Our bishops should set the standard, not lag behind the pack

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I took the opportunity during lunch break to put together a few comments on two Church related news items previously posted (1) CCCB can’t make the rules for specific diocese, and (2) Priest begins serving sentence

CCCB can’t make the rules for specific diocese

All I can say is that for reasons unknown, Canadian Conference of Catholic Bishops (CCCB) is desperate to keep the clerical collar on its sexual offenders in Canada. 

Bishop Durocher claims the CCCB can not make rules that all dioceses must follow.  There is a lot of truth to that – it’s not supposed to. 

However, that has never stopped the CCCB…

I recall well when the CCCB introduced its new feminized lectionary in Canada. The CCCB decided to circumvent Church procedures to accomplish its end, and, it was done.  Utilisation of that particular lectionary became mandatory, or as close to mandatory as is possible under the circumstances.

In like vein, when From Pain to Hope, the CCCB sex abuse guidelines, was published in 1992 with its companion workbook Breach of Faith Breach of Breach of Trust the CCCB had no difficulty urging every diocese in the country to comply with the guidelines and conduct workshops.  I remember well and some years later penned a few thoughts on the bishops’ collective response to the problem of clercial sexual abuse.

In short, I’m inclined to believe that if the bishops wanted to set up a clerical sex abuser registry they could and would, and would find ways to urge reluctant bishops to comply. 

But the CCCB doesn’t want to.  Do they, like Father Frank Morrissey, share the view that it would be a bad business decision to toss out a $25,000 investment?  And if it doesn’t boil down to that, what exactly is the problem?

I believe the bishops must understand and, as far as I’m concerned, it goes without saying that Roman Catholic clergy enjoy a unique position of trust which derives in whole or in part from the naïve but persistent assumption that every priest is a man of God who would never offend God, his Church or his fellow man.  Subsequently there is I believe a very unique and particular onus on the bishops to put their collective episcopal heads together to do what can and must be done to protect their flock from clerical sexual predators.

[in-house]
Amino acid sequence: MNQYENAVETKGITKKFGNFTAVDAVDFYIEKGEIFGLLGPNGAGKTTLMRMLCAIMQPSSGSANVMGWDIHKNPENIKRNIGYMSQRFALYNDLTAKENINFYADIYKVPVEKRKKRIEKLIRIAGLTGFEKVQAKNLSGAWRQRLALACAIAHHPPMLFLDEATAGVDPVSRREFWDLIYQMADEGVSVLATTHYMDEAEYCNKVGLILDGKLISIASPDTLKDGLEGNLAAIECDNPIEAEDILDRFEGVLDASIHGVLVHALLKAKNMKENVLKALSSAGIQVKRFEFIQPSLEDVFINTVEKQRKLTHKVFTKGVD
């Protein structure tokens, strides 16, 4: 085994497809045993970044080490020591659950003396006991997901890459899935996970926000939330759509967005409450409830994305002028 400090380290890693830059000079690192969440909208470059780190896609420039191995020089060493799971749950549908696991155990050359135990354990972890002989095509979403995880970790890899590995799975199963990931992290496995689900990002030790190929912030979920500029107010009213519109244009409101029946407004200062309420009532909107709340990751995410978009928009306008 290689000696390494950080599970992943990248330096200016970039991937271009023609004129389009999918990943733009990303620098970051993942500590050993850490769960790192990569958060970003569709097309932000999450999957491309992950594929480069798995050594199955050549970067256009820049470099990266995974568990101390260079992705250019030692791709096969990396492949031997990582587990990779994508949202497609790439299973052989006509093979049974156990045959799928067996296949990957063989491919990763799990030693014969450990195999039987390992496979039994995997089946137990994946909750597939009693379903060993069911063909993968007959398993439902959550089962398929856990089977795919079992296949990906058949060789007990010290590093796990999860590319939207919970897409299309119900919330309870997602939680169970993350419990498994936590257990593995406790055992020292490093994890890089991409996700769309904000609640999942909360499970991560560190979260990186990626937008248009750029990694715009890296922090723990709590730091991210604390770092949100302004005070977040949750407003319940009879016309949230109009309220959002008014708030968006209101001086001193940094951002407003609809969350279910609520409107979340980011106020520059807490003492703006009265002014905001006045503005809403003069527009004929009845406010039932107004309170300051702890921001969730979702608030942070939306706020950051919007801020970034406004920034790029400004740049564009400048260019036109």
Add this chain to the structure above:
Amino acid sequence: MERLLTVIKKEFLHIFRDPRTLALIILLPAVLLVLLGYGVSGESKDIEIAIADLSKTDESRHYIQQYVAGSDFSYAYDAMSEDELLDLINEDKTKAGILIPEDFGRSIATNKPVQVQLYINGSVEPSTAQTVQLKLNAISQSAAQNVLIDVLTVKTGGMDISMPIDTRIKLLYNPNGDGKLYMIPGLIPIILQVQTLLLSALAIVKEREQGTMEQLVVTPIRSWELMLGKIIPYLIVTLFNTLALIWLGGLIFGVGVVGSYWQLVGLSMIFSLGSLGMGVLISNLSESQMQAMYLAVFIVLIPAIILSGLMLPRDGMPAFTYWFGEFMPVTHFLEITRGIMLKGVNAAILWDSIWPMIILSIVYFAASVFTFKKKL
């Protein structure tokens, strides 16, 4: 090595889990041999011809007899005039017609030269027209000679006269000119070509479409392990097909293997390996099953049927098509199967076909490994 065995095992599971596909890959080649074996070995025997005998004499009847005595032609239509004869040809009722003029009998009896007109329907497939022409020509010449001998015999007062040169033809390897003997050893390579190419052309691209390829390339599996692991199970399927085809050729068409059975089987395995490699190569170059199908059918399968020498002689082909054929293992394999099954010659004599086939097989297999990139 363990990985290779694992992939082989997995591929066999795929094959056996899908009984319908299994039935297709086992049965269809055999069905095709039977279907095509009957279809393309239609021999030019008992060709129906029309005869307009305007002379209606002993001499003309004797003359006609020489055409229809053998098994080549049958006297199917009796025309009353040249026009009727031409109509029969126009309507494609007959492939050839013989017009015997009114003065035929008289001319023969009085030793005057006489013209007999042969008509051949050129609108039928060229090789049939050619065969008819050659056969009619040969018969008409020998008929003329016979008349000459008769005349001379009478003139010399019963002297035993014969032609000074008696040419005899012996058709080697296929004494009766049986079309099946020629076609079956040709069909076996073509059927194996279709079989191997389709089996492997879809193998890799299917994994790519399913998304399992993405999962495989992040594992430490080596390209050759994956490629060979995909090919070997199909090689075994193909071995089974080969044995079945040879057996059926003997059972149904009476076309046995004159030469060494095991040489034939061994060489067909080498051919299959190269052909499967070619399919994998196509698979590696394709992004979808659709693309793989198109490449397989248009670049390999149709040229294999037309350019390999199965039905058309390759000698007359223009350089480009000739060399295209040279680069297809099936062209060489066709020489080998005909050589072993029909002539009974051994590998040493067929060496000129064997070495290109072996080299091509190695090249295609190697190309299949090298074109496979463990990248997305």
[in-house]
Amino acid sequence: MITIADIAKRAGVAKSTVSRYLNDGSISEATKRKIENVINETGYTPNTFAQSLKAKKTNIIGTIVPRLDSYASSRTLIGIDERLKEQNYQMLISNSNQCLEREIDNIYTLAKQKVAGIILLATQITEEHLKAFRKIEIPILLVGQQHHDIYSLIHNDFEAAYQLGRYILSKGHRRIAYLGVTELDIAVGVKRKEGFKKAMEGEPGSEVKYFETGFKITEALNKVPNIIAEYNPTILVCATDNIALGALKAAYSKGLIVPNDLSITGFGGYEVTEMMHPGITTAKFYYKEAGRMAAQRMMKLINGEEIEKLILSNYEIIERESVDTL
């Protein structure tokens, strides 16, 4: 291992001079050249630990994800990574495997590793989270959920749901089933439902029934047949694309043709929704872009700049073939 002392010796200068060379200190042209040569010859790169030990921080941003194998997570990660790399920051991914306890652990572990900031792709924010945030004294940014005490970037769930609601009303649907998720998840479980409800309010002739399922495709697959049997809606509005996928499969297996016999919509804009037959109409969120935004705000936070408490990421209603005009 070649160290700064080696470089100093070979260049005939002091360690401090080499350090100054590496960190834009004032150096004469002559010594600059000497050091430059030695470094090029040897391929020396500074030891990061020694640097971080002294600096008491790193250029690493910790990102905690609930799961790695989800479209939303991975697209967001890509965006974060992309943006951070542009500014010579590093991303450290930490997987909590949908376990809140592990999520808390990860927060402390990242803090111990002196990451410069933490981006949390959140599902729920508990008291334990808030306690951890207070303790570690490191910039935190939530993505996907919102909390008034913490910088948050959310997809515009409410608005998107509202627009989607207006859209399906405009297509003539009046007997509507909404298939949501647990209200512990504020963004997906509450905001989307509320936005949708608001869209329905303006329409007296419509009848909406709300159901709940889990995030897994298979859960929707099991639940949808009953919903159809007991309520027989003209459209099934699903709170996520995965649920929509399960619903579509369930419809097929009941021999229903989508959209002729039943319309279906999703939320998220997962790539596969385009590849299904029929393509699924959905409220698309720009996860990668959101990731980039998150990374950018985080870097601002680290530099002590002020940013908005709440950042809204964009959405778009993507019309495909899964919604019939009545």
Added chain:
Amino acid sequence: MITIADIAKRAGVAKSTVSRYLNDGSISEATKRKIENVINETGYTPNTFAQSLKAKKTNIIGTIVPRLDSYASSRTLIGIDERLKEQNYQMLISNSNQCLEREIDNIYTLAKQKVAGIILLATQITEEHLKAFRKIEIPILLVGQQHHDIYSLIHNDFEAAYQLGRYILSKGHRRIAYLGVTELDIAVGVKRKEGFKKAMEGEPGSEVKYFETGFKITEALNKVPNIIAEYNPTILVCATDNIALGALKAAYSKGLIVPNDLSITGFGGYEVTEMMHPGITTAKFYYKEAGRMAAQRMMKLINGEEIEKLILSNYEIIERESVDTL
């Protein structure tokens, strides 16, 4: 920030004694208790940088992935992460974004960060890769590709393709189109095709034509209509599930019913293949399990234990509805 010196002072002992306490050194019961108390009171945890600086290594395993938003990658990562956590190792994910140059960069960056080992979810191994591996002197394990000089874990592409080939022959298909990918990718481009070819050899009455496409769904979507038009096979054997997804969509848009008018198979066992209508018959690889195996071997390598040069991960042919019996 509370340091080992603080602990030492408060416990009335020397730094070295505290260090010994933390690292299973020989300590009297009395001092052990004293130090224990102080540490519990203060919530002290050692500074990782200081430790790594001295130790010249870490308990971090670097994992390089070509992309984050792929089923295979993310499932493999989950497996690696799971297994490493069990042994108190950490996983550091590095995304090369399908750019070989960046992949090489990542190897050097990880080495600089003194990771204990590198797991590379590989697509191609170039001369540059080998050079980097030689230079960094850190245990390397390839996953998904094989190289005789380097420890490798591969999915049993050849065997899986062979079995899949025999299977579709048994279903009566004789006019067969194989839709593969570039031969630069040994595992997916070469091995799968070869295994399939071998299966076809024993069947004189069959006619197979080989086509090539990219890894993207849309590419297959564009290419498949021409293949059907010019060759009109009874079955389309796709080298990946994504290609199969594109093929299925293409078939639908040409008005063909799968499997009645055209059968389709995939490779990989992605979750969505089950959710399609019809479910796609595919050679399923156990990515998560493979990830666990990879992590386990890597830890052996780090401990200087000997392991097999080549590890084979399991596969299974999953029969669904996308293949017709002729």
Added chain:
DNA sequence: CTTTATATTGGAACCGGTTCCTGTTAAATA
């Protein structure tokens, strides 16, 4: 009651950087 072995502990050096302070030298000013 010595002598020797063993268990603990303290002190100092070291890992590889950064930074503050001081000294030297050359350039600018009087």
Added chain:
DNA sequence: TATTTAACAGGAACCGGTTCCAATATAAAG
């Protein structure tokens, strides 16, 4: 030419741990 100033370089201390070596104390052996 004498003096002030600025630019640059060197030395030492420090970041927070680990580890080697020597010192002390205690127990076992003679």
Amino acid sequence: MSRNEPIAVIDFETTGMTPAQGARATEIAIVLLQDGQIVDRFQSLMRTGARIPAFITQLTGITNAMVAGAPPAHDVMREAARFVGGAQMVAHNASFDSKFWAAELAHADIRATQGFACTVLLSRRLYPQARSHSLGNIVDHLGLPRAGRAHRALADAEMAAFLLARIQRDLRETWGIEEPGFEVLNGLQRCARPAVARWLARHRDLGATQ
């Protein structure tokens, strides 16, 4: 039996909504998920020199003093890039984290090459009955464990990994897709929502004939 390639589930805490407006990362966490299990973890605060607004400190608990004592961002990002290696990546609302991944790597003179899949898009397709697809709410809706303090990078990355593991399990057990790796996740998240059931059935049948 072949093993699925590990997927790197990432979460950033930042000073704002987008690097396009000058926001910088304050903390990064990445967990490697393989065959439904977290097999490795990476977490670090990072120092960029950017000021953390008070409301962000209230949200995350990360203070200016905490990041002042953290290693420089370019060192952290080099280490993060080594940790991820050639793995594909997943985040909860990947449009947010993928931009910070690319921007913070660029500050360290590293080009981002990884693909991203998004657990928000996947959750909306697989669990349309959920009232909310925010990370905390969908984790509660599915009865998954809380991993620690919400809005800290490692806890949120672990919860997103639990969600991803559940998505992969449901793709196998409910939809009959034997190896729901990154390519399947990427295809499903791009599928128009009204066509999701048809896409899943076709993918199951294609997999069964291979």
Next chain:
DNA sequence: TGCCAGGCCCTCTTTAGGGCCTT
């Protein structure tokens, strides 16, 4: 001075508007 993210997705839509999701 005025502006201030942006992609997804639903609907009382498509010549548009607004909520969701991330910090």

If at the end of the day the bishops insist on putting finances over souls by re-cycling/reintegrating predatory priests they have, I believe, not only a duty to compile a public clerical sex offender registry, they also have an additional obligation to parents, children and youth who – it might reasonably be assumed – will or may ever come in direct contact with the offending priest.  In this regard then the bishops should/must

(1) advise ALL parishioners in a parish which has been designated to “reintegrate” an offender that their new priest, Father Such-and- Such is a paedophile or sexual predator,

(2) similarly advise ALL Roman Catholics in the diocese when a clerical sexual offender is brought into or returns to the diocese, regardless of whether he is serving in the diocesan centre, or on the marriage tribunal, or in the local hospital, or in a parish.

The bottom line is that our bishops should be setting the standard when it comes to issues of sexual morality and sexual abuse, not lagging behind the pack.

Note also in this article the quote from Bishop Paul Andre Durocher:

“Sometimes, keeping somebody on a tight leash would be better for the safety of others than simply dismissing them.”

24/7?  Impossible.  What kind of a tight leash can Bishop Durocher or anyone keep on a predatory priests who will, for example, stoop to ‘using his collar’ to molest a child in the privacy of confession or under the dinner table in the presence of the child’s parents?

It’s impossible.  The only logical way to limit a clerical sexual offender’s opportunity to inflict irreparable psychological and spiritual damage on children and young adults is to

(1) strip him of the privilege and trust which accrue with ‘the collar’ by, as we say, stripping him of his collar (laicize, or “defrock”) so he can longer call himself a priest and indulge in the enjoy the benefits, and/or